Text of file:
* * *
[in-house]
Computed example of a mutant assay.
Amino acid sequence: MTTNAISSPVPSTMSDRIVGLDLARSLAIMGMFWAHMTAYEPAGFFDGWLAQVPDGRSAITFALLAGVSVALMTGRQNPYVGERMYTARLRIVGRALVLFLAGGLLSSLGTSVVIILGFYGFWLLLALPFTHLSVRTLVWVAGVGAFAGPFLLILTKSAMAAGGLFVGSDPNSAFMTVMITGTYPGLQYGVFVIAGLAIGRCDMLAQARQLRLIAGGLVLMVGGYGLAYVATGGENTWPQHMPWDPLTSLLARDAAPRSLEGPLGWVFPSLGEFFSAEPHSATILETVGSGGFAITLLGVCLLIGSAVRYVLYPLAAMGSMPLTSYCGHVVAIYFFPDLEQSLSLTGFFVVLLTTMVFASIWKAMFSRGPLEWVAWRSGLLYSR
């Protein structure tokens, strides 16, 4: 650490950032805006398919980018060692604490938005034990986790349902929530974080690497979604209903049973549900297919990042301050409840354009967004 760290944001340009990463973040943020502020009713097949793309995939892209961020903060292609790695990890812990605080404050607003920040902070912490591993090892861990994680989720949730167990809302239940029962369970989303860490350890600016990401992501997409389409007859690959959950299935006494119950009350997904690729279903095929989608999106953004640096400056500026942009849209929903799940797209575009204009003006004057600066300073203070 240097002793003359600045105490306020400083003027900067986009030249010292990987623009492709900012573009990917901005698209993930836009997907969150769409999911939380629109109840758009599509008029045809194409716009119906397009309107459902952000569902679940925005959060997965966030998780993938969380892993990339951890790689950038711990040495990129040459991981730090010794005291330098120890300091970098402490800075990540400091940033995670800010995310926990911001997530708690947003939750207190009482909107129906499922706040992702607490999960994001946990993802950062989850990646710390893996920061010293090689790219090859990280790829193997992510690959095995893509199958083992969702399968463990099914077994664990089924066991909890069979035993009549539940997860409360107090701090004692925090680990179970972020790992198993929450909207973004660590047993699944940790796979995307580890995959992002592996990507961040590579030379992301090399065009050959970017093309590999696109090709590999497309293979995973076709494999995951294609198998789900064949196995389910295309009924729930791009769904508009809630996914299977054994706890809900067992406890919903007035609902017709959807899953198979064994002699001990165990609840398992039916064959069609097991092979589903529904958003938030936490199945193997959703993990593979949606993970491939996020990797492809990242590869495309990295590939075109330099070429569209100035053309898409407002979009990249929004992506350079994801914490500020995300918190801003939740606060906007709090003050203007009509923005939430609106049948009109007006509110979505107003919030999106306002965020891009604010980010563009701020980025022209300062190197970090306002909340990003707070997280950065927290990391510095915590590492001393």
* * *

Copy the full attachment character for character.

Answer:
[in-house]
Computed example of a mutant assay.
Amino acid sequence: MTTNAISSPVPSTMSDRIVGLDLARSLAIMGMFWAHMTAYEPAGFFDGWLAQVPDGRSAITFALLAGVSVALMTGRQNPYVGERMYTARLRIVGRALVLFLAGGLLSSLGTSVVIILGFYGFWLLLALPFTHLSVRTLVWVAGVGAFAGPFLLILTKSAMAAGGLFVGSDPNSAFMTVMITGTYPGLQYGVFVIAGLAIGRCDMLAQARQLRLIAGGLVLMVGGYGLAYVATGGENTWPQHMPWDPLTSLLARDAAPRSLEGPLGWVFPSLGEFFSAEPHSATILETVGSGGFAITLLGVCLLIGSAVRYVLYPLAAMGSMPLTSYCGHVVAIYFFPDLEQSLSLTGFFVVLLTTMVFASIWKAMFSRGPLEWVAWRSGLLYSR
């Protein structure tokens, strides 16, 4: 650490950032805006398919980018060692604490938005034990986790349902929530974080690497979604209903049973549900297919990042301050409840354009967004 760290944001340009990463973040943020502020009713097949793309995939892209961020903060292609790695990890812990605080404050607003920040902070912490591993090892861990994680989720949730167990809302239940029962369970989303860490350890600016990401992501997409389409007859690959959950299935006494119950009350997904690729279903095929989608999106953004640096400056500026942009849209929903799940797209575009204009003006004057600066300073203070 240097002793003359600045105490306020400083003027900067986009030249010292990987623009492709900012573009990917901005698209993930836009997907969150769409999911939380629109109840758009599509008029045809194409716009119906397009309107459902952000569902679940925005959060997965966030998780993938969380892993990339951890790689950038711990040495990129040459991981730090010794005291330098120890300091970098402490800075990540400091940033995670800010995310926990911001997530708690947003939750207190009482909107129906499922706040992702607490999960994001946990993802950062989850990646710390893996920061010293090689790219090859990280790829193997992510690959095995893509199958083992969702399968463990099914077994664990089924066991909890069979035993009549539940997860409360107090701090004692925090680990179970972020790992198993929450909207973004660590047993699944940790796979995307580890995959992002592996990507961040590579030379992301090399065009050959970017093309590999696109090709590999497309293979995973076709494999995951294609198998789900064949196995389910295309009924729930791009769904508009809630996914299977054994706890809900067992406890919903007035609902017709959807899953198979064994002699001990165990609840398992039916064959069609097991092979589903529904958003938030936490199945193997959703993990593979949606993970491939996020990797492809990242590869495309990295590939075109330099070429569209100035053309898409407002979009990249929004992506350079994801914490500020995300918190801003939740606060906007709090003050203007009509923005939430609106049948009109007006509110979505107003919030999106306002965020891009604010980010563009701020980025022209300062190197970090306002909340990003707070997280950065927290990391510095915590590492001393």